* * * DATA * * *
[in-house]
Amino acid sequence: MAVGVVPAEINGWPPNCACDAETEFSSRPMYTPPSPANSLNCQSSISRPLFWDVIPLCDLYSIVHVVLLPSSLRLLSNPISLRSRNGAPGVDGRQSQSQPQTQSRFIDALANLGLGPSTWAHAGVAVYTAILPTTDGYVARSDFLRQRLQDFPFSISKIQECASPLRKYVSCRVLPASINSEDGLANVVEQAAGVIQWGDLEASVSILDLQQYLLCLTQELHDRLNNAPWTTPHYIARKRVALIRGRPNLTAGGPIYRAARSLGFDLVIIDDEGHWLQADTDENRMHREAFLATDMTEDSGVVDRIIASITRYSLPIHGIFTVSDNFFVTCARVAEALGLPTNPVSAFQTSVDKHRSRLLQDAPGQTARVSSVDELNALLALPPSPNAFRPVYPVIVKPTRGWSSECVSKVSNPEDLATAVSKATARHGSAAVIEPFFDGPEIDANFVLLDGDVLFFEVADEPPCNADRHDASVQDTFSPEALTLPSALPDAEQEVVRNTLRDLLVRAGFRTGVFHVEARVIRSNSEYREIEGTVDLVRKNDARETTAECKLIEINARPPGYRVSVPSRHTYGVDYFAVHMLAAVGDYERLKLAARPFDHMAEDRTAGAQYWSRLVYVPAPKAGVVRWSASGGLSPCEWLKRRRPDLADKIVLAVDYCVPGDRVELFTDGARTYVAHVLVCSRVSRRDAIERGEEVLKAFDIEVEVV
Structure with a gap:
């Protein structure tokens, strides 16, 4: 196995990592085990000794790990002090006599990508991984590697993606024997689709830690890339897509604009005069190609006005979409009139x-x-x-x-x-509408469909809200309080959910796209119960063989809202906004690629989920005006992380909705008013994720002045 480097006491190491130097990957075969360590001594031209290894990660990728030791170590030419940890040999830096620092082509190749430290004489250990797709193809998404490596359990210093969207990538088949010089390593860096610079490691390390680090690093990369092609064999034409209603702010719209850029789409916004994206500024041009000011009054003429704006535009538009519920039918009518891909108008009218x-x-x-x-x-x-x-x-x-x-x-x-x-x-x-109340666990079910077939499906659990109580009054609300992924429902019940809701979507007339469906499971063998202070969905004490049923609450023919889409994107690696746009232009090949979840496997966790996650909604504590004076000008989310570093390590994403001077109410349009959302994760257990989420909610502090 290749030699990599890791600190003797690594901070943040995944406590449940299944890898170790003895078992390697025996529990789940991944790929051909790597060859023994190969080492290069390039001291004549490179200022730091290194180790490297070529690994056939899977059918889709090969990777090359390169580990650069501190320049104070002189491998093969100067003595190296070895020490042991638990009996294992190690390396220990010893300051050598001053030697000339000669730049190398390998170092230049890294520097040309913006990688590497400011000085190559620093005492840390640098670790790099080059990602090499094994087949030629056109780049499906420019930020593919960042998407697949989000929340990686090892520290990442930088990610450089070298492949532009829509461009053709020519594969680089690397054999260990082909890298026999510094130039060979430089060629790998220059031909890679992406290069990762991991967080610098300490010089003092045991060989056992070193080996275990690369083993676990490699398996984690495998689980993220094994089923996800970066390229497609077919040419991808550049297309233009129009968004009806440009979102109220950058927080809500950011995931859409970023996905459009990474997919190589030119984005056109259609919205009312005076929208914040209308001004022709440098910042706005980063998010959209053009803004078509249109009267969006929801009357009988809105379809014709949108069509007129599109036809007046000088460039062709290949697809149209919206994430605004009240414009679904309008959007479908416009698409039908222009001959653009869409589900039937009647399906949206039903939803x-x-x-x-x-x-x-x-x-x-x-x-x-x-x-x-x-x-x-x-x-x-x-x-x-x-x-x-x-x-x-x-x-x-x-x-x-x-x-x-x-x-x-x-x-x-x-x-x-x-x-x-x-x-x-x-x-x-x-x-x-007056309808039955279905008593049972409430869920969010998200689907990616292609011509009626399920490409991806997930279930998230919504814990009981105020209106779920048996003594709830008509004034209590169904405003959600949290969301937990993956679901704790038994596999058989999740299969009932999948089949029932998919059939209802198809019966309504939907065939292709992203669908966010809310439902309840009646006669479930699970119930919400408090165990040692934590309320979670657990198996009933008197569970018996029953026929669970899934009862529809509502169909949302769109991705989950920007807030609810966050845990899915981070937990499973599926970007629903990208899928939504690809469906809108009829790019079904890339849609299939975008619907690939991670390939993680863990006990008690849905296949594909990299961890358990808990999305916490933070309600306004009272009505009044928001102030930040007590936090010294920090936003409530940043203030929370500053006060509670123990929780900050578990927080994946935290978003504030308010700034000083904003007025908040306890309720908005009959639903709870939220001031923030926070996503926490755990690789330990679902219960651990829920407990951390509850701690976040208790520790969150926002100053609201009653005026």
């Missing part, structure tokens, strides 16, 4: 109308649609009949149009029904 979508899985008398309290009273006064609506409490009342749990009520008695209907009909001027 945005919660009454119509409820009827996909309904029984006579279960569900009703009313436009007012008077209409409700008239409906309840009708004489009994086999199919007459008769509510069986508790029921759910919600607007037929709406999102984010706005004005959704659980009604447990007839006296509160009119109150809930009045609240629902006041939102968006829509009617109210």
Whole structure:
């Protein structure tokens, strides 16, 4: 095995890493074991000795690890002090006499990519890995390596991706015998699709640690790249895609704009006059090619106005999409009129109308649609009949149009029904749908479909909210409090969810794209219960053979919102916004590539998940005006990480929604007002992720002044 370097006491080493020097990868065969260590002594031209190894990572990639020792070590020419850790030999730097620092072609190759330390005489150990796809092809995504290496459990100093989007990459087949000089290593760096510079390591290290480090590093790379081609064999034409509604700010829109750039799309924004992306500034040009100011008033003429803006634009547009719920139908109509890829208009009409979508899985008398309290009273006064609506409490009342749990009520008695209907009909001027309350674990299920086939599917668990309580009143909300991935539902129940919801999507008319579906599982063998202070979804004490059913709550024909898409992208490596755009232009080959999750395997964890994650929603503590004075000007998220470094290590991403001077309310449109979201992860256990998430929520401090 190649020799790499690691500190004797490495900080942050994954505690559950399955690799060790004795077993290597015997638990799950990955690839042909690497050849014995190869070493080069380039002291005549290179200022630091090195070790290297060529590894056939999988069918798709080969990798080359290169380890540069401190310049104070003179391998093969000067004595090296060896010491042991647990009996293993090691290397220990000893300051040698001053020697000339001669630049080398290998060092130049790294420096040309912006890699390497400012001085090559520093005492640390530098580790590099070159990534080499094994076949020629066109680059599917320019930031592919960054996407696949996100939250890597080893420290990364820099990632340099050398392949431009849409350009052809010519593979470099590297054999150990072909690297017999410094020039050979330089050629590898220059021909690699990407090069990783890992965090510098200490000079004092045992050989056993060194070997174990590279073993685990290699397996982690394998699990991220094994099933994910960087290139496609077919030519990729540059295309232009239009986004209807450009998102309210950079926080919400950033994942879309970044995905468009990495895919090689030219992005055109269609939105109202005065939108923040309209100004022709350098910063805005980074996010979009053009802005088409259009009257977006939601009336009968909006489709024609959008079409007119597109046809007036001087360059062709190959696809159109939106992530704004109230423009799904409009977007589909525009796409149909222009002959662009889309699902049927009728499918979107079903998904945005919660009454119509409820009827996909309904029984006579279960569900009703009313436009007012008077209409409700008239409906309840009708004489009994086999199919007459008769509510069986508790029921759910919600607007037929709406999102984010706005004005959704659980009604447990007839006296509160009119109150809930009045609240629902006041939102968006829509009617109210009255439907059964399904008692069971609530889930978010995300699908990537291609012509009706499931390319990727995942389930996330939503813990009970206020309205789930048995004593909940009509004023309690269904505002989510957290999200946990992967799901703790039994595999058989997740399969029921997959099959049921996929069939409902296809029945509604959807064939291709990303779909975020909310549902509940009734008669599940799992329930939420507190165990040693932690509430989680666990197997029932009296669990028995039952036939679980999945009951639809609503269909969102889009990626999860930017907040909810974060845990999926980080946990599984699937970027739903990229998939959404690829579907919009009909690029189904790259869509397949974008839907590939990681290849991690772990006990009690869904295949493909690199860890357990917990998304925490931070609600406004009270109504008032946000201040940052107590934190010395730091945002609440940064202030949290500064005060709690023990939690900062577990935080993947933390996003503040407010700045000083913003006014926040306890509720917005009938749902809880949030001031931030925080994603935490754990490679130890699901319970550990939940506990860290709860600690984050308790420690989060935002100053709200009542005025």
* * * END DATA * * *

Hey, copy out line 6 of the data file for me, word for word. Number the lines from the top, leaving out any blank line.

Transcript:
Whole structure: